First DeHaven DD-469

 

USS DeHaven DD-469After the completion of her battle-readiness exercises off the coast of New England, the USS DeHaven (DD-469) departed Norfolk, Virginia, for the South Pacific on November 8, 1942. Arriving at Guadalcanal on December 7, DeHaven, was assigned to escort duty and made several voyages between Guadalcanal and Espiritu Santo, until she was assigned to Task Group 67.5 on January 20, 1943.

On the night of the 24th, DeHaven, in company with two destroyers and two cruisers, arrived off Kolombangara Island to bombard enemy installations on the Villa-Stanmore Plantations. Afterwards, the ships raced out of Kula Gulf and were soon chased by an infuriated enemy, primarily a flock twin-engine bombers. Thanks to a heavily overcast sky, as well as an occasional rain squall, DeHaven's group could not be found, despite the enemy attempt to locate the ships by dropping flares. On February 1, DeHaven, in company with the destroyers O'Bannon (DD-450), Nicholas (DD-449), Radford (DD-446) and a seaplane tender, was escorting six landing craft to establish a beachhead at Morovovo, Guadalcanal. With the assistance of Marine fighters from Henderson Field, the landings were achieved without difficulty However, an enemy scout plane pilot had sighted the activity and notified his base.

After the landing craft disembarked their troops, DeHaven and Nichol were ordered to escort them back to their station, while Radford remained offshore to provide bombardment if necessary. Meanwhile, a dispatch was received warning of an impending air attack.

The 469 just after launchAt 1445, DeHaven's crew rushed to their battle stations. While lookouts scanned the skies and the horizon, gun crews were standing by their weapons, tensely waiting. In the confines of the sweltering engineering spaces, the heavily perspiring "black gang" checked their machinery, watched water levels on their boilers and scores of water, air and steam gauges, and stood by to "answer all bells."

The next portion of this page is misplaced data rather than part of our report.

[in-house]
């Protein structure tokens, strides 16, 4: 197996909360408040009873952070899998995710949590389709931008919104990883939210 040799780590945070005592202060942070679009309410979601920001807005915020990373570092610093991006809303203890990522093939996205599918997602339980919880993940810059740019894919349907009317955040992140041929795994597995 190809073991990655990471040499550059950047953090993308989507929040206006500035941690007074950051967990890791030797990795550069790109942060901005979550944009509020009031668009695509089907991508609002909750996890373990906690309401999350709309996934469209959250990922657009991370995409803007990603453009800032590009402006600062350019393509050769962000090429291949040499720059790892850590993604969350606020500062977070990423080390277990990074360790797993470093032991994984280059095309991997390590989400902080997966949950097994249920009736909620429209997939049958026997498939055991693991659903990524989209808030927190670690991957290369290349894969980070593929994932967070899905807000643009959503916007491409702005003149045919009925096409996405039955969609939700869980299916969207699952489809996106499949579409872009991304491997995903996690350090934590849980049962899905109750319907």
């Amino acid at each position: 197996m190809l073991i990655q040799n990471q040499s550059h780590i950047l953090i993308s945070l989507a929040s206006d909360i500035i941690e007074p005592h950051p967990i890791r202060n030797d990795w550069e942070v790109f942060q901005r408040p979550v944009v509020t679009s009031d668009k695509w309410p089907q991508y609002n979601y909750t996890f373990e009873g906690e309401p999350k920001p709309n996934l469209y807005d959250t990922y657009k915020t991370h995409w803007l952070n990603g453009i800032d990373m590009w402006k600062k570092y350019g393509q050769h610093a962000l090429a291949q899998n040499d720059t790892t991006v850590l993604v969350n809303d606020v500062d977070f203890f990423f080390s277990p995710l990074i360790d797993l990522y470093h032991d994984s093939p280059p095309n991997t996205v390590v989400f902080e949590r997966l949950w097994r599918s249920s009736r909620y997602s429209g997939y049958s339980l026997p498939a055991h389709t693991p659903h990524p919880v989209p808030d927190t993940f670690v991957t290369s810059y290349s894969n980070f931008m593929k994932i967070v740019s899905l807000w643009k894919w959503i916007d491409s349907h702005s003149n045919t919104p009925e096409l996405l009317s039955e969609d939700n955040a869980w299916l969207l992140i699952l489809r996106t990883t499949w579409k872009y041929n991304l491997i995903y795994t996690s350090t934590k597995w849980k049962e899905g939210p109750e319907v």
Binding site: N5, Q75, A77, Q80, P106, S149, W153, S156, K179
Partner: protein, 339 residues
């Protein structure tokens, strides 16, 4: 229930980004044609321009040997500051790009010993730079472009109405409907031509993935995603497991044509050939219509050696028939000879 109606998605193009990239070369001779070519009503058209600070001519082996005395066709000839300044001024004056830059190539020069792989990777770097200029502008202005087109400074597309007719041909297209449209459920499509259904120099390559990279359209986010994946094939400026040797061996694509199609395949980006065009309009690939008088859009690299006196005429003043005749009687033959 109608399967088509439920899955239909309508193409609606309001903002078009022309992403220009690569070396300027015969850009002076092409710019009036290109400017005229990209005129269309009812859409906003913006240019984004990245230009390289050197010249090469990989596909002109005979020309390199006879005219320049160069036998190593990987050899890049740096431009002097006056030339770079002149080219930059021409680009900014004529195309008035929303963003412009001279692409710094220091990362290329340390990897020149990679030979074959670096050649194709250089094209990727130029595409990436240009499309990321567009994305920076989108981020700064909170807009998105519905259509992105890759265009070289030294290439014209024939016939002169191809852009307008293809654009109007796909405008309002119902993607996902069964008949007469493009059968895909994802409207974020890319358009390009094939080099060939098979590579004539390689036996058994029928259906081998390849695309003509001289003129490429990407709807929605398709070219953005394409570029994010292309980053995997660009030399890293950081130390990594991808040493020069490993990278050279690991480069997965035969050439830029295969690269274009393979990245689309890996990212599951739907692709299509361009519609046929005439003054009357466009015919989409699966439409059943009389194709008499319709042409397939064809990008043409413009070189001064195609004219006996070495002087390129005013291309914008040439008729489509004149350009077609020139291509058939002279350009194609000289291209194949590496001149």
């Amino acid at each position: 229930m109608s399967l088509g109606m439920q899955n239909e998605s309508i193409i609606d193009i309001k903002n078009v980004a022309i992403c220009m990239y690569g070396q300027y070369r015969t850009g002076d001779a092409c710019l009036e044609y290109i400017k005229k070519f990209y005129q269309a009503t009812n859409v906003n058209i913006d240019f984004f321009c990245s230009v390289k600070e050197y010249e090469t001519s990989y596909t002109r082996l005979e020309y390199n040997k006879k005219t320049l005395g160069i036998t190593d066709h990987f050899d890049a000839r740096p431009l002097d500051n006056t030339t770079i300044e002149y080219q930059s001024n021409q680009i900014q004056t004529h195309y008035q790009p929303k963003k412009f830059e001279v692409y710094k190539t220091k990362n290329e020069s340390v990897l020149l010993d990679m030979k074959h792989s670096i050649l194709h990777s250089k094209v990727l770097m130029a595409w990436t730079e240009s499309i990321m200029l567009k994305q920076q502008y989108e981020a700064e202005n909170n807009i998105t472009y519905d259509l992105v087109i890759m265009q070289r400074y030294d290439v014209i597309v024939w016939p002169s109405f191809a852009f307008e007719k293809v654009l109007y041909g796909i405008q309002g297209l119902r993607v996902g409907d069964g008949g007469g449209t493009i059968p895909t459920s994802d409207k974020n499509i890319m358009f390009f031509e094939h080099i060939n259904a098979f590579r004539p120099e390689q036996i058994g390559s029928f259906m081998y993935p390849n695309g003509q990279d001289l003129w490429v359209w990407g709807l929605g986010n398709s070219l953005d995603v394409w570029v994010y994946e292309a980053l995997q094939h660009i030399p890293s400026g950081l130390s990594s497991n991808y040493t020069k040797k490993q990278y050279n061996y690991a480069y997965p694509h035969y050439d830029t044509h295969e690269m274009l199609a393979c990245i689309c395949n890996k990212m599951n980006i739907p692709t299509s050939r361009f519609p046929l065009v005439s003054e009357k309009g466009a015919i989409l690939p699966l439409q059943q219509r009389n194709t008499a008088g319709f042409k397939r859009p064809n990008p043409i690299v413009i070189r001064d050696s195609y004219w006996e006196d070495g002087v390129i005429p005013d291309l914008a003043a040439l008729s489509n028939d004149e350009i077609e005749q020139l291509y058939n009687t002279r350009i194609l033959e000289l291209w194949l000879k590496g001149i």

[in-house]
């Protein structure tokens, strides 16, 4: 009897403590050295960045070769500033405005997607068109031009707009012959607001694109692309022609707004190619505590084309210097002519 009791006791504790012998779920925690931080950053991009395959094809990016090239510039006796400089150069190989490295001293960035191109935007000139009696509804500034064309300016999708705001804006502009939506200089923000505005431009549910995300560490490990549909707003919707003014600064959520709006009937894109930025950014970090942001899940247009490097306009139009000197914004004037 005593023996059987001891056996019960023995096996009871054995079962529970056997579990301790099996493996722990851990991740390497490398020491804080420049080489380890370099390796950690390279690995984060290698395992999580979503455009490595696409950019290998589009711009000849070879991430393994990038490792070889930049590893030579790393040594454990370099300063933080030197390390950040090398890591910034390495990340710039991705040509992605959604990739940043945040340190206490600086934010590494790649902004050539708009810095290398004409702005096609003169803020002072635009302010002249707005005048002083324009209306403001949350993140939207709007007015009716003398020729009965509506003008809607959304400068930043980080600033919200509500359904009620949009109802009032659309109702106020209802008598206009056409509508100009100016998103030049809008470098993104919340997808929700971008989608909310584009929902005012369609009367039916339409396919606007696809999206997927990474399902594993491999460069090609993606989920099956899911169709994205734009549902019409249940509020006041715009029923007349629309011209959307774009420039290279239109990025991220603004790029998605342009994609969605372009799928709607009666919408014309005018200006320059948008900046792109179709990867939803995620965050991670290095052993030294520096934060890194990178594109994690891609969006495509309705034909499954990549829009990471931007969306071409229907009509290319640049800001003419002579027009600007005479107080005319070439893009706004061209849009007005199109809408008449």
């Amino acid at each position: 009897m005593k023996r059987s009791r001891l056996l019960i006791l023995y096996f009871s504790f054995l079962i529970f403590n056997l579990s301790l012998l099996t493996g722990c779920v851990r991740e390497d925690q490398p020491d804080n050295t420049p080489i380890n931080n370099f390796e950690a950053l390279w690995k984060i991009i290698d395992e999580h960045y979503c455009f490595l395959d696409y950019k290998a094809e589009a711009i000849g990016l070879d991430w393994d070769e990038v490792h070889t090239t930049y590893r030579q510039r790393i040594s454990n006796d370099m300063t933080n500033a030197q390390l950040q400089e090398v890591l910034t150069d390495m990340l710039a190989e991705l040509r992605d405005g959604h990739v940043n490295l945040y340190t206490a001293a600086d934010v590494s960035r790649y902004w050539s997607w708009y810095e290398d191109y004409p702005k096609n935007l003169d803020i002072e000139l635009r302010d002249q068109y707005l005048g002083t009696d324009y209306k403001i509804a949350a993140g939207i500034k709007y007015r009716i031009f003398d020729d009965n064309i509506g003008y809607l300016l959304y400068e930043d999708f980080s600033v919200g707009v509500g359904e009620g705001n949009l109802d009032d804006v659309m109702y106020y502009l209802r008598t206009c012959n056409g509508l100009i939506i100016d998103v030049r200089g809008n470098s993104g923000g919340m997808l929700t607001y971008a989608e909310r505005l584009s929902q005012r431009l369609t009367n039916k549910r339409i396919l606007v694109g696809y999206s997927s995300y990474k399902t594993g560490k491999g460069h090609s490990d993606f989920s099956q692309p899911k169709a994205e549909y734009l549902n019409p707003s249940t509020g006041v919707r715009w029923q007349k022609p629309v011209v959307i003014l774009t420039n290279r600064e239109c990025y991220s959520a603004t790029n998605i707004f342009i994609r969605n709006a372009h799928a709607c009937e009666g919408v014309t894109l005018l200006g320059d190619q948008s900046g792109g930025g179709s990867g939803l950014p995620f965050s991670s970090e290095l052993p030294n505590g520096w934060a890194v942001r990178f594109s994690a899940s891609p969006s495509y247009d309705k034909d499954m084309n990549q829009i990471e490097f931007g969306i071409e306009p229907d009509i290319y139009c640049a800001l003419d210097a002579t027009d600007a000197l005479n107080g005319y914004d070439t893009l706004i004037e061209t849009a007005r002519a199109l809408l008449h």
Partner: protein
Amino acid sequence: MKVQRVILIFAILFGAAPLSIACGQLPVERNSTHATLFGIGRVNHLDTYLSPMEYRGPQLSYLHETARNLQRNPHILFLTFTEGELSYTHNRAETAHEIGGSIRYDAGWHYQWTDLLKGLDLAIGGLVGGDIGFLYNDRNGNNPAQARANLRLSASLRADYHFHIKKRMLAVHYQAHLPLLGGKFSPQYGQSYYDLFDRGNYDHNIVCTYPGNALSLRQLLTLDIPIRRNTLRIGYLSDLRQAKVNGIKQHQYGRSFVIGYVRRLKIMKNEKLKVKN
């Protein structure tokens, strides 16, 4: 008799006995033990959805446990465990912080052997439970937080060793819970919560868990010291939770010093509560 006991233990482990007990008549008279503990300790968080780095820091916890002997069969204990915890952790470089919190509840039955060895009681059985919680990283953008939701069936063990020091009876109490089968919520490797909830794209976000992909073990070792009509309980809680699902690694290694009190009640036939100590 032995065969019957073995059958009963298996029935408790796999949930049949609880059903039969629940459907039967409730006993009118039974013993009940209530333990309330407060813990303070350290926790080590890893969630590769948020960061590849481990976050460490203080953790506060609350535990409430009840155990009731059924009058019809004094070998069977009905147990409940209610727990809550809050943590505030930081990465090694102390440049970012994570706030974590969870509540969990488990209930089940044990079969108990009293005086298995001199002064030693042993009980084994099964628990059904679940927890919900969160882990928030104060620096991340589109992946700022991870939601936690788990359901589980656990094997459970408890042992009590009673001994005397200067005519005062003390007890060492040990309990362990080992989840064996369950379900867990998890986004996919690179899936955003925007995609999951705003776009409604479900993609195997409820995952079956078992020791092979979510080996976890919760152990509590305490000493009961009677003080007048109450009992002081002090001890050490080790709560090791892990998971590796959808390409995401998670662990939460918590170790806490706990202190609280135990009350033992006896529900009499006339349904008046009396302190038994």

Throughout other parts of the destroyer, damage control parties closed watertight doors and hatches and nearby, within easy reach, was all the equipment needed to fight fires, flooding and shore up bulkheads; axes, lumber, portable pumps, battle lanterns, fire hoses and more. In the wardroom and after living spaces, Pharmacist's Mates grimly stood by for casualties that were expected to be certain to arrive. All that could be done was accomplished within a few moments. Now DeHaven and her crew were ready.

At about 1457, a swarm of 14 aircraft was sighted off DeHaven's starboard beam at a distance of 25,000 yards. At first, it appeared as though the enemy had not seen the tiny convoy and, for a time, the aircraft remained on their original course. Then, suddenly, six aircraft broke away from the formation and streaked toward the destroyers and their charges.

DeHaven's guns, as well as Nicholas' and those on the landing craft, opened up. Fiery tracers stabbed into the oncoming flock, with bursts of flak blossoming about the planes. Three of the aircraft were sent spiraling in flames into the sea. The remaining three bolted through the heavy mantle of flak and AA fire and, for some reason, singled out DeHaven as their choice target.

The 469 off Savo IslandFour bombs plunged down upon the destroyer, one of which struck the bridge, killing and wounding all personnel within the structure. Lying dead among the ruins was her captain, Commander Charles E. Tolman. Two bombs smashed on her bow and another exploded below her waterline, splitting open her hull plating.

Severely crippled, DeHaven lost all power, came to a halt and began to settle swiftly by the bow. Five minutes after the last bomb had hit, the destroyer's bow was well under, her stern high out of the water. Ensign C.L. Williams, the only officer who was not wounded, realized that DeHaven was going down and passed the word to abandon ship. While the personnel below decks were scrambling to escape from out of the topsy-turvy hell in the lower compartments, DeHaven suddenly upended and plunged to her watery grave, taking 167 members of her crew down with her, to rest forever on the floor of "Iron Bottom Sound."

From Blood on the Sea-American Destroyers Lost in World War II by Robert Sinclair Parkin.

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